By Ben Leubsdorf and Josh Mitchell

WASHINGTON -- Homebuying activity increased in November for a third straight month to the strongest sales pace in nearly a decade, but rising prices and mortgage rates could restrain sales headed into 2017.

Sales of previously owned homes, which account for the vast majority of U.S. purchases, rose 0.7% from October to a seasonally adjusted annual rate of 5.61 million last month, the National Association of Realtors said Wednesday. That was the strongest monthly reading since February 2007.

Economists surveyed by The Wall Street Journal had expected sales would decline in November to a 5.54 million annual pace. October's sales pace was revised down to 5.57 million from an earlier estimate of5.60 million.

Sales last month were up 15.4% compared with the same month a year earlier. The annual gain was exaggerated by a one-off plunge in sales during November 2015 that the NAR had blamed on new federal mortgages rules delaying closings.

Prices continued to rise in November as inventory continued to fall. At the current sales pace, it would take just 4.0 months to exhaust the supply of existing homes on the market. The median sales price last month was $234,900, rising 6.8% from a year earlier.

"Inventory is short and still shrinking," said Lawrence Yun, the trade group's chief economist.

First-time home buyers represented 32% of November sales. Some 21% of sales last month were all-cash deals. Distressed sales--foreclosures and short sales--accounted for 6% of last month's purchases, the Realtors group said.

News Corp, owner of The Wall Street Journal, also operates Realtor.com under license from the National Association of Realtors.

The U.S. housing sector continued its long recovery this year following the housing bubble, financial crisis and 2007-09 recession.

But rising prices, tight inventory and the recent jump in mortgage rates--if sustained--could act as headwinds for the market headed into 2017 and as the spring buying season approaches.

"We do expect some tapering off of home sales in 2017," Mr. Yun said.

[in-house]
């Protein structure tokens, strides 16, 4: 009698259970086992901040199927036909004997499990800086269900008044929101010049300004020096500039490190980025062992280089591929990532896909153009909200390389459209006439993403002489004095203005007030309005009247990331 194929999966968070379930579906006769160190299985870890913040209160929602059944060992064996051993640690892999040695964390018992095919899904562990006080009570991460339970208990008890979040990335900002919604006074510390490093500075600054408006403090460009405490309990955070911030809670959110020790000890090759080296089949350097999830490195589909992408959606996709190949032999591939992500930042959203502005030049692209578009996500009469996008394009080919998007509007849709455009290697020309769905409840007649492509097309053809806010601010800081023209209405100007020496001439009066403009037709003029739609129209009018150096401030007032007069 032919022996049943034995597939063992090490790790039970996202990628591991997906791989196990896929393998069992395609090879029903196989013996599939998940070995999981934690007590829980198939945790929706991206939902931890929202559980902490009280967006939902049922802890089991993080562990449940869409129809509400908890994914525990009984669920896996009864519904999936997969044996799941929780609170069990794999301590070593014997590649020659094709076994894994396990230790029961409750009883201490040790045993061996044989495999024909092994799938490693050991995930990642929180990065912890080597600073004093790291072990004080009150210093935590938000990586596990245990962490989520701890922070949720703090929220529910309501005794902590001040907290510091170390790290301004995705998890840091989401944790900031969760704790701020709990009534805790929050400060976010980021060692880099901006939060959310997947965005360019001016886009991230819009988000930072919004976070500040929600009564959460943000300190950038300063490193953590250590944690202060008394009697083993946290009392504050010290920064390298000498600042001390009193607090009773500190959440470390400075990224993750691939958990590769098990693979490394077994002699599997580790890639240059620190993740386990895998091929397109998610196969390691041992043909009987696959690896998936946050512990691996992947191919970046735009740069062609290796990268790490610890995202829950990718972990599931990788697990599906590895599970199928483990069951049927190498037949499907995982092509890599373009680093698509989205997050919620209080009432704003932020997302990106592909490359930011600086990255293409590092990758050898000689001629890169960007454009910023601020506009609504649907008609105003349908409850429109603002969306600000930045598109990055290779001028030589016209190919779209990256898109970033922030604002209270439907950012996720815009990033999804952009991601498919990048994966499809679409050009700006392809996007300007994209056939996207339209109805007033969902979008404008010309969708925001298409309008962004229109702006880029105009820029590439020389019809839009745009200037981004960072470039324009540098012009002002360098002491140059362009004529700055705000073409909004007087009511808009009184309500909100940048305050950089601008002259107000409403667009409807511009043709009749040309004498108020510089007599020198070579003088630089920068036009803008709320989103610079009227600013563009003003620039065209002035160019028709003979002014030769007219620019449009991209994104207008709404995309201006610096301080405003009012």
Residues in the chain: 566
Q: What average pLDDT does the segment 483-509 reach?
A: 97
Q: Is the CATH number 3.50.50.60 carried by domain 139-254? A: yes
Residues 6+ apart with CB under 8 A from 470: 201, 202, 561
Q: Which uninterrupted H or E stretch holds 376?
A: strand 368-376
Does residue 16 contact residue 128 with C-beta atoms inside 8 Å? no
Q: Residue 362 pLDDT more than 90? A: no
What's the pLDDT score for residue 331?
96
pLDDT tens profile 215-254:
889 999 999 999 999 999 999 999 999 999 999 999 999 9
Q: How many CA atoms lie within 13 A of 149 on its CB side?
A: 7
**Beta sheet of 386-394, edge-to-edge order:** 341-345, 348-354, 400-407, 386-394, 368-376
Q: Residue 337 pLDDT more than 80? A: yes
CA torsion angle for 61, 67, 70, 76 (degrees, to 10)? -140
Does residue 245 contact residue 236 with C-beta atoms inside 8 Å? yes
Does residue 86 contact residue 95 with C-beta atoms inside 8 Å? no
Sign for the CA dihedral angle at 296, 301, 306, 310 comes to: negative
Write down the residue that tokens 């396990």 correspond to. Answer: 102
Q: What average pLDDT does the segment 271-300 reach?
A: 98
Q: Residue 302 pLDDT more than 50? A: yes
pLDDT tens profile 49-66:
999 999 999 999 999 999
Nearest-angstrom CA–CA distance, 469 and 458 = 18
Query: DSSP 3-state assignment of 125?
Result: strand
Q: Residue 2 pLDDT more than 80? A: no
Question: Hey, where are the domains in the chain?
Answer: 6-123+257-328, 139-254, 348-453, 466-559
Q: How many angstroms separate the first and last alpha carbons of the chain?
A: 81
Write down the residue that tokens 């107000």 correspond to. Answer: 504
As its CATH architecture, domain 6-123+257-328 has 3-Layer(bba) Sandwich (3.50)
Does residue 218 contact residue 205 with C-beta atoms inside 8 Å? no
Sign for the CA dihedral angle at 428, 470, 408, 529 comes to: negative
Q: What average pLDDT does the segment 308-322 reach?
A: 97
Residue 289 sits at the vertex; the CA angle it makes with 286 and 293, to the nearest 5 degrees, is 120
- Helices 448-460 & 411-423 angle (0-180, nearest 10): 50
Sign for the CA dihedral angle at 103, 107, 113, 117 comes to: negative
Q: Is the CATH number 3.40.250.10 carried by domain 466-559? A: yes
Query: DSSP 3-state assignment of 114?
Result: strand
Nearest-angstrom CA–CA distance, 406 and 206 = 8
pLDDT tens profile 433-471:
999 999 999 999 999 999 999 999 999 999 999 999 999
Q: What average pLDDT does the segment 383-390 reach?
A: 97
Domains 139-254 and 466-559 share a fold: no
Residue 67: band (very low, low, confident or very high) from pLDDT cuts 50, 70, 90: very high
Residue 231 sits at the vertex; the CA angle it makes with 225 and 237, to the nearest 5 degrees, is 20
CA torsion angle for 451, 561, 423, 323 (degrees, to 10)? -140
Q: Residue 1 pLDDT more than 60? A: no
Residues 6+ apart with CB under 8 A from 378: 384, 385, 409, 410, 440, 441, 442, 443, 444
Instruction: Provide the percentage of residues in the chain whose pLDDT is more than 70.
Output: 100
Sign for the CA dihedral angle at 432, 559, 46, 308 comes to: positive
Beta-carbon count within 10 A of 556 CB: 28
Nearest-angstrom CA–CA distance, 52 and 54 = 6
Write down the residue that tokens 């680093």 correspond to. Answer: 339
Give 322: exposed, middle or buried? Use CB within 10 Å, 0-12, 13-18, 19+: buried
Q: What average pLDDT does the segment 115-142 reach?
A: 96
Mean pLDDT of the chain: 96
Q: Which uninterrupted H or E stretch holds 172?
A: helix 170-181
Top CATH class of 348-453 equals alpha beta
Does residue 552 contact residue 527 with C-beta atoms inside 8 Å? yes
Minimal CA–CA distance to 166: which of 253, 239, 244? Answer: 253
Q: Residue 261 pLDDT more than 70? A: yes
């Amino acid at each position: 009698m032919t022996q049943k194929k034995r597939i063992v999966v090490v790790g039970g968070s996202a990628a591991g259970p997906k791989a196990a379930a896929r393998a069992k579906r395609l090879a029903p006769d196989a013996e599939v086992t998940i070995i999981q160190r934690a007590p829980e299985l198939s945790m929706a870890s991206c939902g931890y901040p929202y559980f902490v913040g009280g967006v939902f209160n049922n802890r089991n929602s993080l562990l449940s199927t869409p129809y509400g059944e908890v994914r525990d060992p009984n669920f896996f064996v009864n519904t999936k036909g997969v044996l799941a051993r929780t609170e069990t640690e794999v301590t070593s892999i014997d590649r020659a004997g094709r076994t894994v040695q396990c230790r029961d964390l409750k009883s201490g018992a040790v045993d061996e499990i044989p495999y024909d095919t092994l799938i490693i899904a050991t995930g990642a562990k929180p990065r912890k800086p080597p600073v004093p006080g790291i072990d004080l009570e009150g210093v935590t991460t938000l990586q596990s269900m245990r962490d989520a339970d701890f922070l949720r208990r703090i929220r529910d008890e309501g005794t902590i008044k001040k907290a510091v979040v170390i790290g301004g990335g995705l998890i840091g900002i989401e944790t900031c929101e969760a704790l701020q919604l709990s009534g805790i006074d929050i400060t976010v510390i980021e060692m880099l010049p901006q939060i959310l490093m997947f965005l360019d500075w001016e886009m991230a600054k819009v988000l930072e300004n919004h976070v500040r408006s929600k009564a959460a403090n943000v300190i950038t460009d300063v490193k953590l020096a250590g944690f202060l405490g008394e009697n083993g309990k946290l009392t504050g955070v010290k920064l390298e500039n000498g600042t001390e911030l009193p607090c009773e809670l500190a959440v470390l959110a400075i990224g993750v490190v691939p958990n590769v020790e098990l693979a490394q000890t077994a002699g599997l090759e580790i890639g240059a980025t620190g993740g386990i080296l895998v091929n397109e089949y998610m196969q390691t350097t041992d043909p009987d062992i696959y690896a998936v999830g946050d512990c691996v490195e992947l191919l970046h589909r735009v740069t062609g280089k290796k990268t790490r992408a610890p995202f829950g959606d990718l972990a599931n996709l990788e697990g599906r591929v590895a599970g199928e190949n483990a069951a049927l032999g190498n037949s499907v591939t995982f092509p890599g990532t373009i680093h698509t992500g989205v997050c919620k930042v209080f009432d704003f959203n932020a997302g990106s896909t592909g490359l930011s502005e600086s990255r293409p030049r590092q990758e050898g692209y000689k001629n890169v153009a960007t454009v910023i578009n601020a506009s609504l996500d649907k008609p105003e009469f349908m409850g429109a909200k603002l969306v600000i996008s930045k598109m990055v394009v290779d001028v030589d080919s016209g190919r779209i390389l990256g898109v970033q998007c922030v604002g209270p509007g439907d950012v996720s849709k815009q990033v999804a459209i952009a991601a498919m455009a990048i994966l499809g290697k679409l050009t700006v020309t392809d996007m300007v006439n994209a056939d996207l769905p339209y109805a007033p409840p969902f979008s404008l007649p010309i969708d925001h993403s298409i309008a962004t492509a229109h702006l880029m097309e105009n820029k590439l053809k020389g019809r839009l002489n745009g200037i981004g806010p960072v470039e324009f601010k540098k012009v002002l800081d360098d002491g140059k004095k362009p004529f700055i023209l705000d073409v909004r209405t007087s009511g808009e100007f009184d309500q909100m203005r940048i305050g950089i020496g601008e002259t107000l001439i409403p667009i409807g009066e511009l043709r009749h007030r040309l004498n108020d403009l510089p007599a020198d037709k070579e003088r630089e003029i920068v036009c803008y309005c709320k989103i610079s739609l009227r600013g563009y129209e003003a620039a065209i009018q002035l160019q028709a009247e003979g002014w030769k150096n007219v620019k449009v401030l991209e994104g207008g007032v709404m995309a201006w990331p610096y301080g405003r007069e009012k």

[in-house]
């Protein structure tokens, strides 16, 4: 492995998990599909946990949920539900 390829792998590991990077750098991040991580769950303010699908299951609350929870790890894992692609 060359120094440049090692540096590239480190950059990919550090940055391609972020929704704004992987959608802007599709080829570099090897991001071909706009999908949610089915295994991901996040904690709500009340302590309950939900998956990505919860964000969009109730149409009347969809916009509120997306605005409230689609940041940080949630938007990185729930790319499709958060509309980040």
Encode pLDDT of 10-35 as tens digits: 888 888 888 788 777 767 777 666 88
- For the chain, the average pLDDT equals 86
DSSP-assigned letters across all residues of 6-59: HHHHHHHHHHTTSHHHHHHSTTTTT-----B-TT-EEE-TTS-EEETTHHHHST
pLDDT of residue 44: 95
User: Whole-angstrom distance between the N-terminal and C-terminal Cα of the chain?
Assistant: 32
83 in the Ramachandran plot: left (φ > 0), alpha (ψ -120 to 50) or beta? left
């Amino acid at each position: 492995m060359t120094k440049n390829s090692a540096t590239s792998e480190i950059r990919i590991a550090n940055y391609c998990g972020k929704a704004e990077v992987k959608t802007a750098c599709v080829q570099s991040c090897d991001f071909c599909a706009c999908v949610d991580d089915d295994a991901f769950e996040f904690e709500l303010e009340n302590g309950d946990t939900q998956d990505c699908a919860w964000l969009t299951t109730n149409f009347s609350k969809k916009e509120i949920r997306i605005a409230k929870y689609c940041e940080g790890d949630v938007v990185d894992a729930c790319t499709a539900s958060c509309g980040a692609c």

Permits issued for new housing units were up 1.1% in the first 11 months of the year compared with the same period in 2015, with solid growth for single-family homes offset by weakness in the multifamily segment, the Commerce Department said last week.

Sales of newly built single-family homes, which account for roughly 10% of U.S. home purchases, rose 12.7% in the first 10 months of 2016 compared with a year earlier, according to Commerce Department data.

But after years of low interest rates that have supported homebuying activity and price growth, borrowing costs have climbed sharply since the Nov. 8 presidential election.

The Federal Reserve has also moved forward with its plan to gradually boost short-term interest rates as a tightening labor market is expected to put upward pressure on inflation. The U.S. central bank last week raised its benchmark federal-funds rate for just the second time since the crisis.

The average rate on a 30-year fixed-rate mortgage in November was 3.77%, up from 3.47% the prior month, according to Freddie Mac. Rates have risen further in December, with Freddie Mac reporting last week that the average was 4.16%, the highest weekly reading since October 2014.

Write to Ben Leubsdorf at ben.leubsdorf@wsj.com and Josh Mitchell at joshua.mitchell@wsj.com

(END) Dow Jones Newswires

December 21, 2016 10:18 ET (15:18 GMT)

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